Stay Motivated By Keeping A Journal

Stay Motivated By Keeping A Journal

Think back to the last time you had a surge of motivation. Try to remember how it made you feel. What was going through your mind then? If you can’t remember, that’s okay. Just be ready for it when it happens again. If you do remember or find it’s happening again, considering recording your thought processes in a journal.

Sometimes, when you can jar your memory on how you got motivated or stayed motivated, you can reproduce that again. If you record your feelings and actions in a journal, you can simply refer to the journal anytime you need to get that back.

You can also record positive affirmations in your journal for the days where you aren’t as motivated. This way when you refer to it, you’ll have more juice to flame the motivational fire. Positive affirmations are shown to be quite effective in helping people get the ball rolling.

Consider using an actual paper journal rather than recording online. Documents tend to get lost online, and people often forget. With a physical journal in front of you, it will show itself at every moment.

This way when you need that push, you can simply open up the journal and start reading. However, if you feel that you can make it work with an online journal, go for it.

You can also record motivational tips from others into your journal that you find. This gives you more to draw from when you have a need to motivate. Sometimes, these tips can happen in the strangest places, so make sure you have a way of capturing if you don’t have your journal with you for some reason.

Another benefit to keeping a journal about your motivations is you could eventually turn it into a book and sell it. Self-help and motivation is a huge topic for both eBooks and courses.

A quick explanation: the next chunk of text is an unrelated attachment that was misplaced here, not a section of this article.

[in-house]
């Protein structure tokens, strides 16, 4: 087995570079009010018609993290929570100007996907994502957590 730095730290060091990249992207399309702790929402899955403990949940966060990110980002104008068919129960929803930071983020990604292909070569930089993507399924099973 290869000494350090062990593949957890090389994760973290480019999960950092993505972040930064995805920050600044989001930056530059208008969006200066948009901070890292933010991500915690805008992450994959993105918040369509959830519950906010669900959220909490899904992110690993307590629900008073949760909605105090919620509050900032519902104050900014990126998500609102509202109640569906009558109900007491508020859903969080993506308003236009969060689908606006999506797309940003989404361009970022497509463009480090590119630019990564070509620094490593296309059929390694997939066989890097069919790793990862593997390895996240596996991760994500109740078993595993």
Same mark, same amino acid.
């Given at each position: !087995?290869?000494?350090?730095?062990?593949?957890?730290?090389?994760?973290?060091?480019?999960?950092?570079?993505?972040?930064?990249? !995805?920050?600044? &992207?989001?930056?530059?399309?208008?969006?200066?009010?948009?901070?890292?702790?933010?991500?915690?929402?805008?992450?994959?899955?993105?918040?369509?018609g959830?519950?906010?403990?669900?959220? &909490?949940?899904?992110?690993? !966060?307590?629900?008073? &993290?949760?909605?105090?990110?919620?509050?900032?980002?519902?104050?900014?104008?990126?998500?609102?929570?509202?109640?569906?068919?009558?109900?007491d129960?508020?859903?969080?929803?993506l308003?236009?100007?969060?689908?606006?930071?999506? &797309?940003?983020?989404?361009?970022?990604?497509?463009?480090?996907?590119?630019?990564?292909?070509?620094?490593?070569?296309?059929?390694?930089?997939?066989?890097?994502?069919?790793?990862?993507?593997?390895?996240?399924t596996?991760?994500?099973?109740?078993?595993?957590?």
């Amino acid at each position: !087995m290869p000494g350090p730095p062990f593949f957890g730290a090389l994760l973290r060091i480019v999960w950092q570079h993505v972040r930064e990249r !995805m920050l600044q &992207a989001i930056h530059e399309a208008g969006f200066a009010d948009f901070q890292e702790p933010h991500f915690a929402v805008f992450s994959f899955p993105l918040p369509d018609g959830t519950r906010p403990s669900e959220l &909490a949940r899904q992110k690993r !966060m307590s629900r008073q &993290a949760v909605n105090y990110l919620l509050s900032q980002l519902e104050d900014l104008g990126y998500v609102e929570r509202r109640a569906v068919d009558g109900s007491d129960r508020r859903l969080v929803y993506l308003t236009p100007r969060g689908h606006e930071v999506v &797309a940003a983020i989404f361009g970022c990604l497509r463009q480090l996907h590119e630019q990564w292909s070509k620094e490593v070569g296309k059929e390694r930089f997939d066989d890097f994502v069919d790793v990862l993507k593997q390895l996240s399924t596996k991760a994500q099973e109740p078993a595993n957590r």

If you think there is already enough material on the subject, think again. People will buy multiple books on the subject, even if there are similar concepts covered from one to the next. If there is repeat information, people treat that as a reinforcing factor.

Also, the fact that you are drawing from true situations that you experience will go a long way when producing your book. People love true stories about motivation.

Don’t worry about what you write in your journal. The key is to keep consistent with it. If you write something that doesn’t make sense or is silly, either disregard it or remove it from your journal.

Are You More Motivated To Do Things For Others Than Yourself?

When you find a job, you try to do your best work for your employer. Assuming you work for a decent company, they will recognize you for performing well. If you’re lucky, you may even get a raise and a promotion. If you are good at your job, why don’t you start working for yourself and reap the rewards?

People who start their own business often find they are less motivated when the rubber meets the road. In theory, it sounds great to be your own boss. But, the reality sets in, and you now have to handle every aspect of your business. This is something you didn’t have to do when working for someone else.

It’s much easier to do what others say than it is to motivate yourself to run your business. First, we are not born with business acumen. We need to learn how to run a business, and we need to find people willing to pay us for our products and services. Even when we do learn these crucial concepts, there’s no guarantee that we’ll succeed with them.

There’s also the factor of being your own boss. It comes at a price. The good news is you have no one hovering over you telling you what to do. The bad news is you have no one hovering over you telling you what to do.

The manager or boss took responsibility to know what needs to get done and hands out assignments accordingly. The manager is also taking on problems that you may run into and deals with other outside entities, so you don’t have to.